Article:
"Rob never broke down. He never needed help. He was the rock, and Matty was the bird who flew. It was the way it worked. But as it turned out, Matty was the bird that broke the rock's back."
This book exhausted me, and I so wanted to like it.
I loved the first book in this series, Training Season, so very much. In fact, I even rated it 5 stars and added it to my "favorites" shelf.
For me, it was the perfect mixture of funny and light-hearted in the first half and heartbreaking and moving in the second. Throw in some BDSM light elements for an amazing hurt/comfort and I was perfectly happy. Looking back, I should have been satisfied that it ended on such a perfect note and left it at that.
This book though? Well, let's just say that it's never a good sign when the best part of a book for me are the secondary characters because they bring a much needed comic relief.
This book was angst-fest galore! Everything that was going on between Matty and Rob was so dark and painful to read. Basically, it was hurt/hurt/hurt/hurt/a little comfort/hurt/hurt/hurt.
The story takes place 5 years after the first book, and Matty's eating disorder (or disordered eating) has become worse than ever. Gone is the bratty and flamboyant twink from the first book. Now, all that's left of Matty are his insecureness and his self-loathing. He's insecure about his job, his talent, his relationship, even about his looks.
And this went on and on and on ALL THE TIME. It was so stressful to be in his head that at around the 30% mark, I was just SO OVER IT! I was over his constant self-loathing and selfishness and his endless needs and demands from Rob. The worst thing for me was that he took Rob along with him in his downward spiral.
"Matty, when it came to sex, was the very definition of greedy - more, more, more, and me, me, me was pretty much his chant."
Yeah, that's Matty, the annoying bird, in a nutshell.
I was also this close to be over Rob too, who should have kicked Matty's selfish and demanding ass to therapy, no matter the money. But instead, he tried to help Matty and his illness with sex. Lots and lots of sex. Because the cure to an eating disorder lies in BDSM, obviously. Lovesick doormat is lovesick.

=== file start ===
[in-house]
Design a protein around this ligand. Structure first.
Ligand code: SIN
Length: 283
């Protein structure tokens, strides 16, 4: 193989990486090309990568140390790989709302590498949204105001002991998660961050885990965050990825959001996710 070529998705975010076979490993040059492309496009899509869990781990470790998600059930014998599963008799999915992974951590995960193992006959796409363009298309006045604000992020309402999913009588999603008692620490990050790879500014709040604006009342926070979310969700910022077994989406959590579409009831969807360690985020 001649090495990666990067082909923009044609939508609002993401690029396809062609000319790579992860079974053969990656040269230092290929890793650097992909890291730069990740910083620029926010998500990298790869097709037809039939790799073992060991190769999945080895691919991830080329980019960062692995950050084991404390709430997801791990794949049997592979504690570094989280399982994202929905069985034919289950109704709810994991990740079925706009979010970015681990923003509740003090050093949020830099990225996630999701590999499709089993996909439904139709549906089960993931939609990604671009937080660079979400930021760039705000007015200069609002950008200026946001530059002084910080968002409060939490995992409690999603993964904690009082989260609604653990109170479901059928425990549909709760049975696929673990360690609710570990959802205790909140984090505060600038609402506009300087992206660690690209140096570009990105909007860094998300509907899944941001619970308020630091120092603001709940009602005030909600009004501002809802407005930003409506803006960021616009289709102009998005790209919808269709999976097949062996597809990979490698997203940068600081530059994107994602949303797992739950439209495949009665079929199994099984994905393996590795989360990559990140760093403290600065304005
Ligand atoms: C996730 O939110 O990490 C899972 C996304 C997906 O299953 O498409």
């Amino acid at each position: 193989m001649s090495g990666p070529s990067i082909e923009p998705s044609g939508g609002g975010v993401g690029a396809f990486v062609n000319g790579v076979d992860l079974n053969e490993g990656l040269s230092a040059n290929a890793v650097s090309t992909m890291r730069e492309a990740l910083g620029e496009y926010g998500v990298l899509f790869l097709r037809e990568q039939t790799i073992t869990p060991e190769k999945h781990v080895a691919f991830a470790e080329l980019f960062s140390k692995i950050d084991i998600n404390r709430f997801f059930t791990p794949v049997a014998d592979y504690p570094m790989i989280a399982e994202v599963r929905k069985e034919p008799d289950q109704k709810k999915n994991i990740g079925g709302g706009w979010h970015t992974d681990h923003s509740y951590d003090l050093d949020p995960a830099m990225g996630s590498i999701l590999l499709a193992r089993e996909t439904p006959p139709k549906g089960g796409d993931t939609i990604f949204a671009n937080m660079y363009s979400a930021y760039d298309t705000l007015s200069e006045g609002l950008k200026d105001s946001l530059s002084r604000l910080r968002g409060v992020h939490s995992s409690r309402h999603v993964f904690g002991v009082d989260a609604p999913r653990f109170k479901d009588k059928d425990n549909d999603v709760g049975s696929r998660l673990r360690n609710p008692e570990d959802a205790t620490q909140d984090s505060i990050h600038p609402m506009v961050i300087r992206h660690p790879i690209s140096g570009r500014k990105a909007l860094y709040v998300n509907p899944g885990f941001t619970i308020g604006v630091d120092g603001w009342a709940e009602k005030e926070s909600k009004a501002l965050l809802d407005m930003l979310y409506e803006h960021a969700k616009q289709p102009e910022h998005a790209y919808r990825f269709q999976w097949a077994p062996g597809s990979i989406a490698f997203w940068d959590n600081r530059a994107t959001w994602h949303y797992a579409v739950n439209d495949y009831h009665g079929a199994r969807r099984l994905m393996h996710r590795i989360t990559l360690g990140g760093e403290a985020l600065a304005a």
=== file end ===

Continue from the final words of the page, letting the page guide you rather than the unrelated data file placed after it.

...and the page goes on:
The BDSM scenes that worked so well in the first book became much more extreme and disturbing here. In the first book, they were a means to an end to establish and strengthen the relationship between Matty and Rob, and to give them both what they needed from each other.
Here, the BDSM went from light to very extreme and it was a cry for help on Matty's part and an expression of helplessness on Rob's. Which made for some VERY uncomfortable scenes that I had to skip over most of the parts.
The end made up for most of the frustration, but I was past the point where I cared anymore.
It's not that this is a bad book. Far from it. It's just that I hardly recognized the characters from the first book anymore which I so fell in love with.
And it's also one of those cases where I wished I would have stopped at a certain point in a series and let the MCs just have their HEA. Because I couldn't care less what happens after that. I know that real life is about physical and emotional struggles and financial problems and juggling work with free time. But I just don't want to read about it.
"Normal was balance. It was peace in a storm. It was the measure of justice that didn’t require a revolution. It was simply what was supposed to be. I craved normality. However, my turbulent mind buzzed with the realization that my definition might be out of date and out of whack. I had a premonition it was about to be tested. Again."
I liked this one better than the first book in the series, "A Kind of Truth".
And yet I can't seem to warm up to this series or this author. I can't put my finger on it - the writing is decent, the characters are likable and the romance is sweet. But I can't shake off the feeling that something is just plain missing.
The story in a nutshell: "Uptight businessman is irritated at first with the flamboyant twink. Until he isn't. The end.". That's it. I think the fact that I have dozens of shelves and I could only shelve this book under "Theme: flamboyant character" speaks for itself.
Maybe you'll like it better than me (there are a lot 5 stars-reviews!), maybe I just had a bad day or maybe it just simply wasn't for me. And while I don't want to discourage anyone from reading this series, I'm not exactly holding my breath for the next book.
"Cats ain’t the only ones who like cream,” he teased."
This was so much fun!
I was a little disappointed at first that this wasn't a full Rook/Dominic story since I enjoyed their prequel short story "The 13th Hex" very much.
But it didn't take me long to warm up to the flamboyant and snarky Cicero and the gentle and good-hearted Tom. They were a perfect familiar/witch match, even though they didn't think so at first.
I really like how Jordan L. Hawk manages to write not only sweet and steamy romances, but also captivating and suspenseful mysteries. I was on the edge of my seat more than once.
This was a great romance as well as a well-written mystery that's set in a quasi-historical New York at the end of the 1890's.
4 out of 5 stars, would definitely recommend!
Thanks to Julie & Momo for the BR!